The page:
Telefonica SA, Europe’s most indebted telephone company, is considering another round of asset sales to help meet its target of slashing net debt by more than 4 billion euros ($5.1 billion) this year, according to people with knowledge of the matter.
The Irish and Czech divisions are high on a list of potential businesses for sale, said the people, asking not to be identified because the deliberations are confidential. Other candidates include Madrid-based Telefonica’s remaining minority stake in China Unicom (Hong Kong) Ltd. and assets in Central America, the people said. No decision has been made and no banks have been hired, they said.
Telefonica, a year into its most ambitious asset disposal program, could raise 1 billion euros from its Irish and Central American units, and another 1 billion euros by cutting its stake in Telefonica Czech Republic AS to 50 percent from 69 percent, according to asset manager FM Capital Partners Ltd. The 5 percent holding in China Unicom is valued at $1.6 billion.
“They’re under much less pressure than they were nine months ago, and now they’re in business-as-usual mode rather than a fire-sale mode,” said Stephane Beyazian, an analyst at Raymond James Euro Equities in London. “If they’re under the gun, they could sell some bits and pieces.”
A spokesman for Telefonica declined to comment on the company’s asset-disposal plans.
Telefonica Czech Republic shares fell 4.6 percent to 288.2 koruna in Prague, the lowest level in nine years. Telefonica added 0.2 percent to 10.38 euros on the Madrid exchange. China Unicom rose 0.4 percent to HK$10.24 Hong Kong yesterday. The Hong Kong market is closed today for a holiday.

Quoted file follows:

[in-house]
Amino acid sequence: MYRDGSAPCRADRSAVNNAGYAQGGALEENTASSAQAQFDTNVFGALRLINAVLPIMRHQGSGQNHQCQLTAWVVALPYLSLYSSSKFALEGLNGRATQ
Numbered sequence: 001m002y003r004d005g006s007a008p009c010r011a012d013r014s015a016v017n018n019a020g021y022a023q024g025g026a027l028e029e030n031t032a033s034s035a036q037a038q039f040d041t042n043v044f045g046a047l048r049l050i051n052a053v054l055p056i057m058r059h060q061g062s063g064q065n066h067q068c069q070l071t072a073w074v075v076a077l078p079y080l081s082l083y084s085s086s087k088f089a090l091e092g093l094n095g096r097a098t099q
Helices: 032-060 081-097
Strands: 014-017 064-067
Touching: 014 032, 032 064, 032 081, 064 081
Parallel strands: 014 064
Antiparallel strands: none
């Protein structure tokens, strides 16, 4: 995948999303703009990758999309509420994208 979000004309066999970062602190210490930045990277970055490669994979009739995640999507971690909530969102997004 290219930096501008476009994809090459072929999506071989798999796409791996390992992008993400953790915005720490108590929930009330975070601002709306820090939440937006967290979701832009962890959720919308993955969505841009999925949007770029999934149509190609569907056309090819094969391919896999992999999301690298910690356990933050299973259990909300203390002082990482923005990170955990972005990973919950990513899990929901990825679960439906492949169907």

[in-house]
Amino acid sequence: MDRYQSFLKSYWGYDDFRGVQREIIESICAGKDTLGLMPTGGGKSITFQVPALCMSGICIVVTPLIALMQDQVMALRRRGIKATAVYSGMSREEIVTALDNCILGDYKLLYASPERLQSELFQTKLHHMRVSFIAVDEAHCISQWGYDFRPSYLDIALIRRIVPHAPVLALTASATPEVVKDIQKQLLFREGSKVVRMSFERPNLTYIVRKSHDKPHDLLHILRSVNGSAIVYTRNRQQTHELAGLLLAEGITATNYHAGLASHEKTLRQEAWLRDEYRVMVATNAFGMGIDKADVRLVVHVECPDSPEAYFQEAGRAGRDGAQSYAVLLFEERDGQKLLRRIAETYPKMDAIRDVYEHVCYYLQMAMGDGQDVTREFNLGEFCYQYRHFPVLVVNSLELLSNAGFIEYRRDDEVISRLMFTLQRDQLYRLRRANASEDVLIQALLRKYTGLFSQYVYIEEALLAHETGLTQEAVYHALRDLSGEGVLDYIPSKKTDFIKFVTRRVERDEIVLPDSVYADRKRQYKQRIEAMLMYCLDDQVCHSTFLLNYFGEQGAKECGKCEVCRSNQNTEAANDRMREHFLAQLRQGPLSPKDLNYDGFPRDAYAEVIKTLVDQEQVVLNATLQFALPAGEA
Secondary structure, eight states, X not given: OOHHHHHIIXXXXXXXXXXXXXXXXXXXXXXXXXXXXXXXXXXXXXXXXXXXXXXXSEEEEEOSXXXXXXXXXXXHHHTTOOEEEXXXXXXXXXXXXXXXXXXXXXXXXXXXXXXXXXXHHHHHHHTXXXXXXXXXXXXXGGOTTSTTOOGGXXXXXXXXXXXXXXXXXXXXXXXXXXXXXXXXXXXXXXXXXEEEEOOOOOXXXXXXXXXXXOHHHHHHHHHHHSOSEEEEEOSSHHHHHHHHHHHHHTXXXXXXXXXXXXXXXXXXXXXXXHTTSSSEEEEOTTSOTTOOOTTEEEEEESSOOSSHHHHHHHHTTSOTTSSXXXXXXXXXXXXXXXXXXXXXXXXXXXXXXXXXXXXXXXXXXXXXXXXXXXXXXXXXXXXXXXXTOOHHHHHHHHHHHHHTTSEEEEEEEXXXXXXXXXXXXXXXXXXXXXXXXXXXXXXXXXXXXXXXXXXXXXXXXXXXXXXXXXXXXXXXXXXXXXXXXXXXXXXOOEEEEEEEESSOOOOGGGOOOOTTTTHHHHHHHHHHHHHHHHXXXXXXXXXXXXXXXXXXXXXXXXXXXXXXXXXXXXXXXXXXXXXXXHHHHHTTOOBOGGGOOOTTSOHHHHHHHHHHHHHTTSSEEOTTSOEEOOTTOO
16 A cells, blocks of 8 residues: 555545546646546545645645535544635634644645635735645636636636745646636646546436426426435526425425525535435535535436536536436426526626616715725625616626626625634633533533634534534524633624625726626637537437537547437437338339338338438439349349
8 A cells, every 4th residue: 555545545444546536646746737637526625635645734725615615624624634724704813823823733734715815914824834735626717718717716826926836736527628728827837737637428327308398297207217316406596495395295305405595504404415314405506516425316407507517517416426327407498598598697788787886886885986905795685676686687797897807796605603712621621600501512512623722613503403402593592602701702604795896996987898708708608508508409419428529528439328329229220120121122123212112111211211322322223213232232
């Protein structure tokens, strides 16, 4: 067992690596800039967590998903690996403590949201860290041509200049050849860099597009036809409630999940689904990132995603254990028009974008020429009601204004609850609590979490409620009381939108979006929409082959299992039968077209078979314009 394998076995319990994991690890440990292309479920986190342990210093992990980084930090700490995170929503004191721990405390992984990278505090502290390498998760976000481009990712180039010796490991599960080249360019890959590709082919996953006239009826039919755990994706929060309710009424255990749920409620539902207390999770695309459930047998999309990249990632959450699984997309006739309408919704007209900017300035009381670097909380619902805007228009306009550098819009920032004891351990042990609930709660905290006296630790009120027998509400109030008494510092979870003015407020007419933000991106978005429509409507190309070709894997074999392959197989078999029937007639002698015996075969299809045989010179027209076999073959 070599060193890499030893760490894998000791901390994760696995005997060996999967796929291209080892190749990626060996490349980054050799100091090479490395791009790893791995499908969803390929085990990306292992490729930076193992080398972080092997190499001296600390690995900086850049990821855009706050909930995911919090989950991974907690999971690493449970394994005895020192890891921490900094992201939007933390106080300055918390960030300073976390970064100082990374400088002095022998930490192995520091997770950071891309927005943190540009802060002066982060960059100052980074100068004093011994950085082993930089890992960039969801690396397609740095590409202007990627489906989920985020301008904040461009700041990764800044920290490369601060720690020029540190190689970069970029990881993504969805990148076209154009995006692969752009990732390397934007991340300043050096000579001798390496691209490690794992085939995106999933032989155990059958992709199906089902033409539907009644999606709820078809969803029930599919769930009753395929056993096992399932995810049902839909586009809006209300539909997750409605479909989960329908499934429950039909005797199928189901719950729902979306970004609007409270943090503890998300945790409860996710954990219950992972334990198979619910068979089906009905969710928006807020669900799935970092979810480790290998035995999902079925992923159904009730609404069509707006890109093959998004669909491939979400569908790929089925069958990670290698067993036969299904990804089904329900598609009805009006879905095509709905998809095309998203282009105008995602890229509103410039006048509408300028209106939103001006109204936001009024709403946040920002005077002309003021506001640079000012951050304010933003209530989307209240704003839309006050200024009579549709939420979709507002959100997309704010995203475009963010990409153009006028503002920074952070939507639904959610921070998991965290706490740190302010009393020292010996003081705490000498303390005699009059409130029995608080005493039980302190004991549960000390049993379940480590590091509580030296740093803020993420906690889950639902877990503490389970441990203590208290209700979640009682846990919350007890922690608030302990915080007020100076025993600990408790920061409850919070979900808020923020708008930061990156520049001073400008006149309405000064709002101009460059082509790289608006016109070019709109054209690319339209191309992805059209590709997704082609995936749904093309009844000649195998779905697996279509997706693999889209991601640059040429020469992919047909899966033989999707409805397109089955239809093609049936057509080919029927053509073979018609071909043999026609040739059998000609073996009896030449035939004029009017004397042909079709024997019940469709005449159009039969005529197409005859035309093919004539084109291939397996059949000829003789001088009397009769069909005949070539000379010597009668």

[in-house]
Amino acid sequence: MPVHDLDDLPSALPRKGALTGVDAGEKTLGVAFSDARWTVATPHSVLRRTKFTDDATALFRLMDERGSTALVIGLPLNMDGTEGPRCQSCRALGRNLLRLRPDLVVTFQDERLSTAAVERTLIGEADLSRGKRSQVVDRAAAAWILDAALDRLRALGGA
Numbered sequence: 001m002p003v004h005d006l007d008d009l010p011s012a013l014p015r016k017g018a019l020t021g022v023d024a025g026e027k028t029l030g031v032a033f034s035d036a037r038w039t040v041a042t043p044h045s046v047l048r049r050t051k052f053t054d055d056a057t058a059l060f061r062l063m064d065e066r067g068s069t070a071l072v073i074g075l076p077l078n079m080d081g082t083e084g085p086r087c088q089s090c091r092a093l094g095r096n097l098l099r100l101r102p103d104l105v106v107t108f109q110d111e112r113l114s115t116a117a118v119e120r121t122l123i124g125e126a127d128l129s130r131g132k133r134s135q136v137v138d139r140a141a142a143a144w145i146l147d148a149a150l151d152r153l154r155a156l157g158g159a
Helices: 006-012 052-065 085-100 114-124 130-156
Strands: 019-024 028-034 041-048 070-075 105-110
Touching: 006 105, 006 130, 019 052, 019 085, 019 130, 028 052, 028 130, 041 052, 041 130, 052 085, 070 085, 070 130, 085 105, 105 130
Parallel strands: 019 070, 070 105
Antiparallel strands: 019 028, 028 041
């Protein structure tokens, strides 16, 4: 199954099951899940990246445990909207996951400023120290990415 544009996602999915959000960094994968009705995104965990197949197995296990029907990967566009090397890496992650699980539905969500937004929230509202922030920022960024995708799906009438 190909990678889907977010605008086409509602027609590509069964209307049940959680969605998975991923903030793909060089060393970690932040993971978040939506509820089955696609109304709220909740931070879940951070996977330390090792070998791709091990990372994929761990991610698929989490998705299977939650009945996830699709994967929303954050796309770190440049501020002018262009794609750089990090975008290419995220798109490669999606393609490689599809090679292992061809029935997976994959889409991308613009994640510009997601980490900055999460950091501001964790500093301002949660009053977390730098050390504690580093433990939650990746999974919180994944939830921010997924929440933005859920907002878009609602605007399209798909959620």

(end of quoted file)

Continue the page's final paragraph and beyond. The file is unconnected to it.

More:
After an $85 billion acquisition spree over a decade increased debt and triggered rating cuts, Chief Executive Officer Cesar Alierta last year began selling assets and has suspended dividend payments. As pressure from rating companies eased following the sale of a stake in its German business, Telefonica has halted plans for an initial public offering of its Latin American business, which generated about half of the company’s 62.4 billion euros in sales last year.
Still, at 51.3 billion euros as of Dec. 31, Telefonica’s net debt exceeds its market value. Its stock has lost 11 percent over 12 months through yesterday while Spain’s IBEX Index was little changed.
Telefonica Czech Republic, which includes Slovakia, reported 2012 operating income before depreciation and amortization of 832 million euros, an 11 percent decline from a year earlier, as sales dropped 5.7 percent to 2 billion euros. In the Czech Republic, Telefonica offers services including fixed line, Internet, mobile and pay TV, and competes with Vodafone Group Plc and Deutsche Telekom AG’s local units.
The Czech unit received a takever offer from a financial company last year but was rejected as too low, two of the people said.
In Ireland, where Telefonica took a 513 million-euro writedown last year, Oibda fell 37 percent to 130 million euros as revenue declined 13 percent to 629 million euros.
Telefonica’s assets in Central America include Guatemala, Panama, Costa Rica, El Salvador and Nicaragua.